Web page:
Student makes history as first Black Goldwater Scholar at Mercer 

Junior+Ebonye+Smith+was+named+Mercer%27s+first+Black+Goldwater+Scholar.+Photo+provided+by+Ebonye+Smith

Junior Ebonye Smith was named Mercer’s first Black Goldwater Scholar. Photo provided by Ebonye Smith

Ever since grade school, junior Ebonye Smith knew she wanted to pursue engineering. Now, Smith is a 2021 Recipient of the Goldwater Scholarship.

Smith was one of 410 college students in the country and three Mercer students to receive this year’s scholarship. The scholarship program was “designed to foster and encourage outstanding students to pursue research careers in the fields of the natural sciences, engineering, and mathematics,” according to the Barry Goldwater Scholarship and Excellence in Education Foundation’s website.

Her interest in engineering started young, but it wasn’t until college where she understood the field.

“I didn’t really know what engineering was until I got here to Mercer,” Smith said. “But after taking my first couple of classes and doing research, I was like ‘okay, I hit the nail on the head. I didn’t know what it was but I’m glad I’m here because I enjoy it,’” she said.

Smith was first introduced to the Goldwater Scholarship at a student presentation during a high school visit to Mercer. She said she knew then that it was an accomplishment she wanted to achieve.

According to the Goldwater website, in order to qualify for eligibility, students must intend to work in research.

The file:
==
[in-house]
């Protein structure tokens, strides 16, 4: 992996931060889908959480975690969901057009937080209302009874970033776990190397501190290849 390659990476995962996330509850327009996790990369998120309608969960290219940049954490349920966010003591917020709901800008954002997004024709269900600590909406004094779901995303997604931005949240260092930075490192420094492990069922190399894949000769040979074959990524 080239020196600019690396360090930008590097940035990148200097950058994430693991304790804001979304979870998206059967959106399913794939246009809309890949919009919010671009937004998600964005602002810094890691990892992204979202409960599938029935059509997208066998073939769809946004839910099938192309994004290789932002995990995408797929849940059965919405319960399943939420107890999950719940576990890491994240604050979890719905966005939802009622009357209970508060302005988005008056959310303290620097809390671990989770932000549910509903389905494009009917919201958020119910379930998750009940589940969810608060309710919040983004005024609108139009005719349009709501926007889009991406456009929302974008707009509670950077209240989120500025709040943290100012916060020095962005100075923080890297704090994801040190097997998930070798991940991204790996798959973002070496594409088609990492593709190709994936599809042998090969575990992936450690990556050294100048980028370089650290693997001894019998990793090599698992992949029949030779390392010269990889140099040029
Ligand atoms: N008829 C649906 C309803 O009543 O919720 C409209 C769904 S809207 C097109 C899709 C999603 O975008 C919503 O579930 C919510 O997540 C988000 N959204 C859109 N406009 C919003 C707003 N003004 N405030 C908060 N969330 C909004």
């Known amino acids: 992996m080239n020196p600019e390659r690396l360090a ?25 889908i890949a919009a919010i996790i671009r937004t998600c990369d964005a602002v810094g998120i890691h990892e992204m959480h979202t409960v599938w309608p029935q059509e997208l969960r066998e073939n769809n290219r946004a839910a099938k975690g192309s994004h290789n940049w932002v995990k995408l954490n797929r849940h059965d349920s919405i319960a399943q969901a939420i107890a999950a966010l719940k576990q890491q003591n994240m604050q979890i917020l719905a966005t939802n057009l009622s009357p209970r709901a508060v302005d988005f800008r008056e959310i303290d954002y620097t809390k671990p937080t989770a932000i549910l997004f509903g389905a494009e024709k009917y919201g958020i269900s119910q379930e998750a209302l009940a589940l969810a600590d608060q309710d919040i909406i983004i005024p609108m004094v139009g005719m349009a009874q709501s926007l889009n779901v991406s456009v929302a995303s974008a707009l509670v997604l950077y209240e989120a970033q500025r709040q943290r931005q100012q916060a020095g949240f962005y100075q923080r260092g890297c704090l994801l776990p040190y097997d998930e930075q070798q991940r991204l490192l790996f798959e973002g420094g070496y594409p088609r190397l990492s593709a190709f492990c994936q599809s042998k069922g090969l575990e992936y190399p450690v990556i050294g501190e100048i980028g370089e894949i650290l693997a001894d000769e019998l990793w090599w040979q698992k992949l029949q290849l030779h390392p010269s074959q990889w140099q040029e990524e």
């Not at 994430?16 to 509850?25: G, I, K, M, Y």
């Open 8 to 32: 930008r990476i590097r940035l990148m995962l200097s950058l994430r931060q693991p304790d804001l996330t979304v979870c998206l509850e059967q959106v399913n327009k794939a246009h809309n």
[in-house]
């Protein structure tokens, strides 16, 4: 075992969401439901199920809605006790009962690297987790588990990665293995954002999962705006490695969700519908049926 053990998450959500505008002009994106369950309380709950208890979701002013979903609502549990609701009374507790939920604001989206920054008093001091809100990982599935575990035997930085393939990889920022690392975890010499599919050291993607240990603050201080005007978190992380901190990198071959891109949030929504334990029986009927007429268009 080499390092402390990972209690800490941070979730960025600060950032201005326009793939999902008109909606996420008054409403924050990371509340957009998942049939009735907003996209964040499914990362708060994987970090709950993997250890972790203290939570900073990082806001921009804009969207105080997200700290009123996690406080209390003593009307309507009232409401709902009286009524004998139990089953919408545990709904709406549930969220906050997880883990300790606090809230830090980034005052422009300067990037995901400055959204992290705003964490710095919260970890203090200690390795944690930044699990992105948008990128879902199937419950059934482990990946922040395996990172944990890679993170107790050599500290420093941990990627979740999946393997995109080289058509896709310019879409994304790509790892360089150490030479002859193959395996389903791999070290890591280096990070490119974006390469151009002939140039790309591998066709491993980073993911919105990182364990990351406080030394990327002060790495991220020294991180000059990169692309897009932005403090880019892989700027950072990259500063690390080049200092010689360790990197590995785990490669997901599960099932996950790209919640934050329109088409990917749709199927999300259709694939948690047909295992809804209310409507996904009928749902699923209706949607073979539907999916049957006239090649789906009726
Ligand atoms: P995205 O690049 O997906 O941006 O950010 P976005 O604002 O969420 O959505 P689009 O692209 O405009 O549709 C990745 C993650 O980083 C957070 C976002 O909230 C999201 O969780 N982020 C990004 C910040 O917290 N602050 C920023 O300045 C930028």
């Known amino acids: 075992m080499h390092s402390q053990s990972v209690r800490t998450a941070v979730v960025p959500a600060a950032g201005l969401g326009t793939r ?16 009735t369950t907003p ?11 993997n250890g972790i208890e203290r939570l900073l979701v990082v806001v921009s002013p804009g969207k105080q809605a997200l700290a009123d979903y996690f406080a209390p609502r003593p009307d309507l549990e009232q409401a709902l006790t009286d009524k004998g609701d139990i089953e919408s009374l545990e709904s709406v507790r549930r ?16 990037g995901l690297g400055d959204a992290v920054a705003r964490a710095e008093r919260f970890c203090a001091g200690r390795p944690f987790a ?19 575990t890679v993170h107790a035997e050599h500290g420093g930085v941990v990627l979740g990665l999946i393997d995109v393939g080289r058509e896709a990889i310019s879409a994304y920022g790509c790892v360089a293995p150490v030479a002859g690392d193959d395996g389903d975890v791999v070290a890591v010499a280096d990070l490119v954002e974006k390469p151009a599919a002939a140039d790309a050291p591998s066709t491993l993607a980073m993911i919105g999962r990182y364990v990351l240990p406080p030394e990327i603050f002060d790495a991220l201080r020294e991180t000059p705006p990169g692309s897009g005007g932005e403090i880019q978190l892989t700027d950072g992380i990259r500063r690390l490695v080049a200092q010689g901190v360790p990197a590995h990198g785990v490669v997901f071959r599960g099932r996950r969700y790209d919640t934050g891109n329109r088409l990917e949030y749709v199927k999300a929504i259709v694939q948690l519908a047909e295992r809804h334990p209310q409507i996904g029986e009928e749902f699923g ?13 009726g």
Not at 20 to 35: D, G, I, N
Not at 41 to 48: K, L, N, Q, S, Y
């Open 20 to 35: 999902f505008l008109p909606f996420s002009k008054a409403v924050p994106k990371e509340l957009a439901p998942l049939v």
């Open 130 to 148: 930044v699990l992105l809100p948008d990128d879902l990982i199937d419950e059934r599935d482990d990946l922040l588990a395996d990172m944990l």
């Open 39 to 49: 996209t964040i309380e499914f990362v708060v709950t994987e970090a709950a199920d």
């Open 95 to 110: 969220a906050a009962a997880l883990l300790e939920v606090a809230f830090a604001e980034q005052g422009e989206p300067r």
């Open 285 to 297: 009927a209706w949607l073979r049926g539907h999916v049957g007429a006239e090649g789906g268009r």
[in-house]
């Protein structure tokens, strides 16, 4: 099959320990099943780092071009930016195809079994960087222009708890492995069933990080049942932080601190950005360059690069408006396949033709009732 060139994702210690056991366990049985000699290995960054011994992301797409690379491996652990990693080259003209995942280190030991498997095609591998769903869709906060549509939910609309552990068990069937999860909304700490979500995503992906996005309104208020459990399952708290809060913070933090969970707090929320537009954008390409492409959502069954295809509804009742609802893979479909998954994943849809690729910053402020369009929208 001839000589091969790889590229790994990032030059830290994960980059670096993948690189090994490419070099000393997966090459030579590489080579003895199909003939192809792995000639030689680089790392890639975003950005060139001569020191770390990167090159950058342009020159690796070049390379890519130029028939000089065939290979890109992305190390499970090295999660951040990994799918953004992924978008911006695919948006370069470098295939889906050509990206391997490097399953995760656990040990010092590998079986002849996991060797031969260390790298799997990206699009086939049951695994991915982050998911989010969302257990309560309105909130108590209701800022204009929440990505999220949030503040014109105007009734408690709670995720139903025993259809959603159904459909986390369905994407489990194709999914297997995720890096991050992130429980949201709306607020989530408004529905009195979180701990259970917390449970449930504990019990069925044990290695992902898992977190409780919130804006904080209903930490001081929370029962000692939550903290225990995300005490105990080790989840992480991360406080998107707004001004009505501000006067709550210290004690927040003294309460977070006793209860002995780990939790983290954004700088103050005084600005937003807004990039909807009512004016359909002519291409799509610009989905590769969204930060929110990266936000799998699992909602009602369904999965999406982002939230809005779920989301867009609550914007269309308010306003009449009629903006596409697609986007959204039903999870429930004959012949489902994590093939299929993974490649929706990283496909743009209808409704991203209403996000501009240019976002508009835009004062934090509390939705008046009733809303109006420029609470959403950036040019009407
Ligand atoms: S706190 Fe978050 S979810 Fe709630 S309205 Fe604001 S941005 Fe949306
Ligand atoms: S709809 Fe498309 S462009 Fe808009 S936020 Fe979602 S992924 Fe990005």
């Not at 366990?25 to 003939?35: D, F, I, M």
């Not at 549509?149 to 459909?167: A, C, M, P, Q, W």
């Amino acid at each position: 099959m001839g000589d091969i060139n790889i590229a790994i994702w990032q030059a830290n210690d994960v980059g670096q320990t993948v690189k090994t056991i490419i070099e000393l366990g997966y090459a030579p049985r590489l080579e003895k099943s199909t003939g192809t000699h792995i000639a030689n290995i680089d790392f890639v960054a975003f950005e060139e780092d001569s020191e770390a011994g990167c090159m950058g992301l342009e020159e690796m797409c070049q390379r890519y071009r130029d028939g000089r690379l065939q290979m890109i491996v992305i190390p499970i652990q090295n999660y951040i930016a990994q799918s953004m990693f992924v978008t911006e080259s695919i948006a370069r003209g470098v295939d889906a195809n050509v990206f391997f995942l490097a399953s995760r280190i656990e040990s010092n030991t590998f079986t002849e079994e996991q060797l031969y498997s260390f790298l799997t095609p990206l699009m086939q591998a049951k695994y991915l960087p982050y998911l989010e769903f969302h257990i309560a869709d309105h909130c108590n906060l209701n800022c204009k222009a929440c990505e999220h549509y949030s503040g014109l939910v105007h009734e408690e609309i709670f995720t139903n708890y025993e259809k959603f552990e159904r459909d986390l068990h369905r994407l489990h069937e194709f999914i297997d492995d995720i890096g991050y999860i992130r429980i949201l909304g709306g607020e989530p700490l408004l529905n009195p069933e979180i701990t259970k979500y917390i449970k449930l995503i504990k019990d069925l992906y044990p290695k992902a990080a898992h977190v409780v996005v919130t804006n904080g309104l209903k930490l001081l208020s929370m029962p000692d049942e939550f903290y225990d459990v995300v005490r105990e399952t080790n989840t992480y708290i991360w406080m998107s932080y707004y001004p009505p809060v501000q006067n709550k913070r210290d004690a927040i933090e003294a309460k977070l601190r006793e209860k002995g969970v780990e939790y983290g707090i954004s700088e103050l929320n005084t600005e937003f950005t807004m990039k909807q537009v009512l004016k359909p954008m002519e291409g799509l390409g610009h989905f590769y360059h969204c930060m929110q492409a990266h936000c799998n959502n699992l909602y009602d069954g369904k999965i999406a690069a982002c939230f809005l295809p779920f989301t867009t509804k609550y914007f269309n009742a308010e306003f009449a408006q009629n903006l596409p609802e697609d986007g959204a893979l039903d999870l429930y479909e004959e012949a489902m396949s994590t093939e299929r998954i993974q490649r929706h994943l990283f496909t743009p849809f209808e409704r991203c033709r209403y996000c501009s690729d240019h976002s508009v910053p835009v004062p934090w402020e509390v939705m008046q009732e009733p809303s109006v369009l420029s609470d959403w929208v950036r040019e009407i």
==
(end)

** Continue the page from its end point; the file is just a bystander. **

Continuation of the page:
Smith has worked with Makhin Thitsa, associate professor of electrical and computer engineering, on research she said played a big part in making her application stand out.

“In just a couple of years in training, Ebonye has proven to be a very productive researcher,” Thitsa said. “When I found out that Ebonye had won the Goldwater scholarship, I was overjoyed because I knew how much she deserves it.”

As a student researcher in Thitsa’s lab, Smith has investigated data-driven control methodologies for transportation networks. Her work has been presented at three conferences and compiled as a journal article, which is currently under review.

“She is truly an asset in my research group,” Thitsa said.

Smith is the first Black student from Mercer University to be named as a Goldwater Scholar.

“In one of my essays, I talked about how there’s a lack of women of color and Black women in STEM,” she said. “A lot of younger Black girls don’t have a lot of role models to look up to or a lot of role models encouraging them to pursue STEM. It’s kind of nice to win something like this because now I can be a role model to little Black girls and be like, ‘hey, I’m doing this, you can do it too.’”

In the future, Smith plans to do research within the industry through a company or laboratory.

“I think there’s a difference between practicing engineering and practicing what you find in your textbook versus discovering things you would put in a textbook,” she said.